Render text onto a RenderTargetBitmap with WPF and C#

[RenderTargetBitmap]

In earlier examples such as Easily render rotated text in a WPF program using C#, I explained how to render text in a WPF program. Those examples draw text on the program’s window at runtime. Sometimes you may want to render text into a bitmap. This example uses the following RenderTextOntoBitmap method do that.

// Render text onto a bitmap.
public static RenderTargetBitmap RenderTextOntoBitmap(
    string text, double dpiX, double dpiY,
    string font_name, double em_size, TextAlignment text_align,
    Brush bg_brush, Pen rect_pen, Brush text_brush,
    Thickness margin)
{
    // Make the Typeface and FormattedText.
    Typeface typeface = new Typeface(font_name);
    FormattedText formatted_text = new FormattedText(
        text, CultureInfo.CurrentUICulture,
        FlowDirection.LeftToRight, typeface,
        em_size, text_brush);
    formatted_text.TextAlignment = text_align;

    // See how big we need the result to be.
    double width = formatted_text.Width -
        formatted_text.OverhangLeading;
    double height = formatted_text.Height;

    // See where we need to draw the text to
    // position it with upper left corner at (0, 0).
    Point text_origin = new Point(0, 0);
    if (text_align == TextAlignment.Center)
        text_origin.X = width / 2;
    else if (text_align == TextAlignment.Right)
        text_origin.X = width;

    // Add room for the bounding rectangle.
    if (rect_pen != null)
    {
        width += rect_pen.Thickness;
        height += rect_pen.Thickness;
        text_origin.X += rect_pen.Thickness / 2;
        text_origin.Y += rect_pen.Thickness / 2;
    }

    // Add the margin.
    width += margin.Left + margin.Right;
    height += margin.Top + margin.Bottom;
    text_origin.X += margin.Left;
    text_origin.Y += margin.Top;

    // Add 1 to width and height to the bottom and
    // right edges of the rectangle aren't clipped.
    int width_int = (int)(width + 1);
    int height_int = (int)(height + 1);

    // Make a DrawingVisual and draw on it.
    DrawingVisual drawing_visual = new DrawingVisual();
    DrawingContext drawing_context = drawing_visual.RenderOpen();
    drawing_context.DrawRectangle(bg_brush,
        rect_pen, new Rect(0, 0, width_int, height_int));
    drawing_context.DrawText(formatted_text, text_origin);
    drawing_context.Close();

    // Copy the result onto a RenderTargetBitmap.
    RenderTargetBitmap bm = new RenderTargetBitmap(
        width_int, height_int, dpiX, dpiY, PixelFormats.Pbgra32);
    bm.Render(drawing_visual);

    return bm;
}

The method’s parameters are:

  • text – The text to draw
  • dpiX, dpiY – The number of dots-per-inch in the X and Y directions that should be used in the bitmap
  • font_name – The name of the font as in “Times New Roman” or “Comic Sans MS”
  • em_size – The font’s size (the height of the M character)
  • text_align – The text’s horizontal alignment (Left, Center, Right, or Justify)
  • bg_brush – The Brush that should be used to fill the bitmap’s background
  • rect_pen – The Pen that should be used to outline the bitmap’s edge
  • text_brush – The Brush that should be used to draw the text
  • margin – The margin that should be left around the text

Note that you can set bg_brush or rect_pen to null to not draw the background or outline.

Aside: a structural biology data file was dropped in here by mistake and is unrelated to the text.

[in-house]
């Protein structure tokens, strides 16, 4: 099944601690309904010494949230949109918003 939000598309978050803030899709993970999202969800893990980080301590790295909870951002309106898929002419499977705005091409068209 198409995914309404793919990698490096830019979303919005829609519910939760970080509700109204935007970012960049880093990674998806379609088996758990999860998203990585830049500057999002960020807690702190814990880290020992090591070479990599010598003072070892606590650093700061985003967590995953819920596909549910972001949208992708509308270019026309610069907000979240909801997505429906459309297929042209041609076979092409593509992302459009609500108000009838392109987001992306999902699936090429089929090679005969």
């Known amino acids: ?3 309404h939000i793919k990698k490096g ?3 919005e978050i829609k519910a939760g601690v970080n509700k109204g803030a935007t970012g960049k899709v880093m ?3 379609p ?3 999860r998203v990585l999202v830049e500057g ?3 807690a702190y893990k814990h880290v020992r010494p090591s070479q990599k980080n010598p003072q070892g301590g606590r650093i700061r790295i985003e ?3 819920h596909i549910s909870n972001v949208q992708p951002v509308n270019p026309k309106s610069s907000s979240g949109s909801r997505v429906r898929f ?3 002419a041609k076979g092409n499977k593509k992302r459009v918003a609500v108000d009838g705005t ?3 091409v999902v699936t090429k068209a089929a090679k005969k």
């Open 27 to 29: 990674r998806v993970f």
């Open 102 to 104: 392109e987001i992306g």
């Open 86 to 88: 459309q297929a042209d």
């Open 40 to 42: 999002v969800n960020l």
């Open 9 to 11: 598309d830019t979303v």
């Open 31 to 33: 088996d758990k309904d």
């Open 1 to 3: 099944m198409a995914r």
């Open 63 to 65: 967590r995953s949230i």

The method starts by creating the necessary Typeface and FormattedText objects. It sets the FormattedText object’s TextAlignment property to align the text as desired. The method then creates a DrawingVisual on which to draw.

Next the code calculates how large the text will be. (See Get font metrics in a WPF program using C# for details about finding the text’s width.) Depending on the text’s alignment, it then sets the Point text_origin to the position where it needs to draw the text so its upper left corner is at position (0, 0).

The code then determines how much space is needed to hold the text, its margin, and the outline rectangle. For example, if rect_pen is not null, the code adds the width of the pen to the required width and height. (The rectangle’s lines are drawn centered along the outline rectangle so half of each side, the top, and the bottom will lie outside of the rectangle. The code adds 2 times half of the line’s thickness to the width and height.) If rect_pen isn’t null, the code also moves text_origin so the text is drawn shifted far enough to leave room for the rectangle between the text and (0, 0).

Similarly the code adds room for the margin. (The margin is a structure not a class, so the main program cannot pass in the value null for it.)

Now the method creates a DrawingVisual to hold the drawing. It uses that object’s RenderOpen method to get an associated DrawingContext object and uses its methods to draw the text and the rectangle around it.

After closing the DrawingContext, the code creates a RenderTargetBitmap and calls its Render method to make it draw the DrawingVisual onto itself. The method finishes by returning the RenderTargetBitmap.

Yes, this does all seem rather roundabout to me:

  1. Create a DrawingVisual
  2. Make an associated DrawingContext
  3. Draw
  4. Close the DrawingContext
  5. Make a RenderTargetBitmap
  6. Make it render the DrawingVisual

Performing similar operations in GDI+ isn’t completely intuitive, either, although it is shorter:

  1. Make a Bitmap
  2. Make an associated Graphics object
  3. Draw

The RenderTextOntoBitmap method makes drawing text onto a bitmap reasonably simple, and you can use similar techniques to render other drawing commands on a bitmap in WPF.


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